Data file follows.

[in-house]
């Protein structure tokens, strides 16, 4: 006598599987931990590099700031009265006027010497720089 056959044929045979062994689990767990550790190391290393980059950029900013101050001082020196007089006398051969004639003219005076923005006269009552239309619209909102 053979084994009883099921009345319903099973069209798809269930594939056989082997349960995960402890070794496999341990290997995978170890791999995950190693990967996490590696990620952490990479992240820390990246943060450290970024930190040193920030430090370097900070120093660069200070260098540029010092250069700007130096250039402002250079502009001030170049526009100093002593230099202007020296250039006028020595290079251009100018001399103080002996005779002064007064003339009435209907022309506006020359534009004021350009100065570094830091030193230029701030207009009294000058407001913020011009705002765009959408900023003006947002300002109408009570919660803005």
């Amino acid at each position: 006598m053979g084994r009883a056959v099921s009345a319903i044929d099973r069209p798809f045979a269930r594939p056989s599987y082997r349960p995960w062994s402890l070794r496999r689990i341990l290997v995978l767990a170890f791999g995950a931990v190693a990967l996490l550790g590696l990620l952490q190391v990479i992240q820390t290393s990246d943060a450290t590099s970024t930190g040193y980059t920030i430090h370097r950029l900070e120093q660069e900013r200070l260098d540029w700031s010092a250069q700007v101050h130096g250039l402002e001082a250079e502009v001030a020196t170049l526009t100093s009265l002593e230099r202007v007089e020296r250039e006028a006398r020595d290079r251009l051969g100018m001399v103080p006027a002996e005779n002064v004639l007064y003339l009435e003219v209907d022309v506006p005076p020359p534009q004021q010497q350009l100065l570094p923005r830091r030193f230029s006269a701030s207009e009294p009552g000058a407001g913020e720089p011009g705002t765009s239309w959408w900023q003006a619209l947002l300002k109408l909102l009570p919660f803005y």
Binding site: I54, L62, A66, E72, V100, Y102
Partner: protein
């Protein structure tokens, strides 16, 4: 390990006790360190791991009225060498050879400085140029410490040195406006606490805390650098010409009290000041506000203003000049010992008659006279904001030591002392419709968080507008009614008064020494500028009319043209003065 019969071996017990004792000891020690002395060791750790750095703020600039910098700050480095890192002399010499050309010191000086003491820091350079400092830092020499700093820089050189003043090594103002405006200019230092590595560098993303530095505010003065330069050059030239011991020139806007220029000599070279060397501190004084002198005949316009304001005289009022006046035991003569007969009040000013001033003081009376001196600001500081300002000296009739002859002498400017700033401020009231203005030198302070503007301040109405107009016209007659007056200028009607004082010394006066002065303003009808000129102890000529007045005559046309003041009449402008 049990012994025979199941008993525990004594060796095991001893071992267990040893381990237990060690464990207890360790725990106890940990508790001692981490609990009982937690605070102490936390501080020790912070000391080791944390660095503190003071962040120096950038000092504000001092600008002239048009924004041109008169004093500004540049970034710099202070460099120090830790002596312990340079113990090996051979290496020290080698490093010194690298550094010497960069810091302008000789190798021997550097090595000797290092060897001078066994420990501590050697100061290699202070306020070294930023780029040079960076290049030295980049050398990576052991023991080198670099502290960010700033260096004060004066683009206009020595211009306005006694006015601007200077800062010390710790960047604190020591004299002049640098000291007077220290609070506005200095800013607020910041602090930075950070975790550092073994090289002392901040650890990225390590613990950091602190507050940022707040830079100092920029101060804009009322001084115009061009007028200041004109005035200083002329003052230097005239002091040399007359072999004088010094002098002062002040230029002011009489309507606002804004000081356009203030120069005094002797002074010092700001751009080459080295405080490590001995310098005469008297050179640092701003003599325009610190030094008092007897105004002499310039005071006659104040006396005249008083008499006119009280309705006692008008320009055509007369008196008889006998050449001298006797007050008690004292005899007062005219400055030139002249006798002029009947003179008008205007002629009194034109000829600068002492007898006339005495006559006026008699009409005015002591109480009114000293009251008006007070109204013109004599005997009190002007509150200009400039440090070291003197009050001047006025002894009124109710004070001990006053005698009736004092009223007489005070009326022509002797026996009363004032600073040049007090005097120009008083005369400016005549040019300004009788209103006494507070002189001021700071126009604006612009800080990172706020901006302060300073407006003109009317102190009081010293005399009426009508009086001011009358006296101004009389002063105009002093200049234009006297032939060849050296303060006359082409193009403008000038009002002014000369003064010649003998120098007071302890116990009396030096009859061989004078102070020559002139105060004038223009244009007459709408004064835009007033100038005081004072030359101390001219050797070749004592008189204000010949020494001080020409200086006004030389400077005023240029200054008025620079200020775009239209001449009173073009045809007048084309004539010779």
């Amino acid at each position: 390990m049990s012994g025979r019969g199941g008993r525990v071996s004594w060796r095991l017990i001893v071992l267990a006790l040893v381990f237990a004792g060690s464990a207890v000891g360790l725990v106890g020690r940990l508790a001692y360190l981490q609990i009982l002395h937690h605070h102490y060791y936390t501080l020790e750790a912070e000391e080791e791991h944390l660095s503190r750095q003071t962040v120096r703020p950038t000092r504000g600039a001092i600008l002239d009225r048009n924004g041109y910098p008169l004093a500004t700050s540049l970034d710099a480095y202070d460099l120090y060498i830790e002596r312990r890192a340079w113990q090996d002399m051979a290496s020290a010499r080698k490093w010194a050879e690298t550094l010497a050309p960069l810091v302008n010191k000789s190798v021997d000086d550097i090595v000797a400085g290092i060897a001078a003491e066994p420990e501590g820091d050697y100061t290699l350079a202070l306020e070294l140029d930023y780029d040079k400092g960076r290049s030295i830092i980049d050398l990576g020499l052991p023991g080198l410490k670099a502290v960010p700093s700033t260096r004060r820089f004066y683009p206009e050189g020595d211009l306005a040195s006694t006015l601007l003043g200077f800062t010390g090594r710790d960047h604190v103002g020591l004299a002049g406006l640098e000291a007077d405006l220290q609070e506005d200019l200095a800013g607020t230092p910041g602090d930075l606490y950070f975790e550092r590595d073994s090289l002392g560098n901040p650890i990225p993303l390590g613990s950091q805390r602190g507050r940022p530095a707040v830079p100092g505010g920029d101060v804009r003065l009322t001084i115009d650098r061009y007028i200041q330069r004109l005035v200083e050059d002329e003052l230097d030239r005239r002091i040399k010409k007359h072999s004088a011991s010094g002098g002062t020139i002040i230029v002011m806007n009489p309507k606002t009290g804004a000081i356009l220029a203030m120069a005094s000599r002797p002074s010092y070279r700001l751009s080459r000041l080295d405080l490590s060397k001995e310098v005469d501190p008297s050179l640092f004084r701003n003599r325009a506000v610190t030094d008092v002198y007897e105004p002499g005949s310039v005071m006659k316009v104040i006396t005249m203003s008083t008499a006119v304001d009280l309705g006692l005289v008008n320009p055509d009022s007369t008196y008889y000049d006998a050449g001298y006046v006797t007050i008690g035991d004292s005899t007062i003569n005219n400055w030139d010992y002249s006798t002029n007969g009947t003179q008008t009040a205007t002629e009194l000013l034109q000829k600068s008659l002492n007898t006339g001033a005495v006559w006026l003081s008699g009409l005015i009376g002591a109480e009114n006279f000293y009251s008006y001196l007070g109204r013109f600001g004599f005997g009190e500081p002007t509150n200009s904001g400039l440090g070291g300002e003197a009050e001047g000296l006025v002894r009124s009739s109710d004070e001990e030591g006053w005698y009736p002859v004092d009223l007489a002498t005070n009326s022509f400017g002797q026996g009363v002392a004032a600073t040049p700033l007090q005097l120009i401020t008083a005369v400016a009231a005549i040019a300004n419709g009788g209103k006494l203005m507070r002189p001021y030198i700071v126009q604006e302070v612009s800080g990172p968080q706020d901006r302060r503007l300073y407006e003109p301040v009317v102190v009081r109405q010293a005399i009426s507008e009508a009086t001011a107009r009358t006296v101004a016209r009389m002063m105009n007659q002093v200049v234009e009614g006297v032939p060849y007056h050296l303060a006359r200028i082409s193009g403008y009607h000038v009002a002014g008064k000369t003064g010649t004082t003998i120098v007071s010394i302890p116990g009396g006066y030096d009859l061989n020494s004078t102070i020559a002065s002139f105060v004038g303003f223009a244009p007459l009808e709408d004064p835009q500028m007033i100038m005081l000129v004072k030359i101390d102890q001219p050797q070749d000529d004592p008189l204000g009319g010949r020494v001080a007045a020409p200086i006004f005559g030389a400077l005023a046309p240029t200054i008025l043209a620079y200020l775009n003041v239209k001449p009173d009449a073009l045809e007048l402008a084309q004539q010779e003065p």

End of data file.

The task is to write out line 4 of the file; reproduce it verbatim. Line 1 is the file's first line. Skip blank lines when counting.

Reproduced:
Binding site: I54, L62, A66, E72, V100, Y102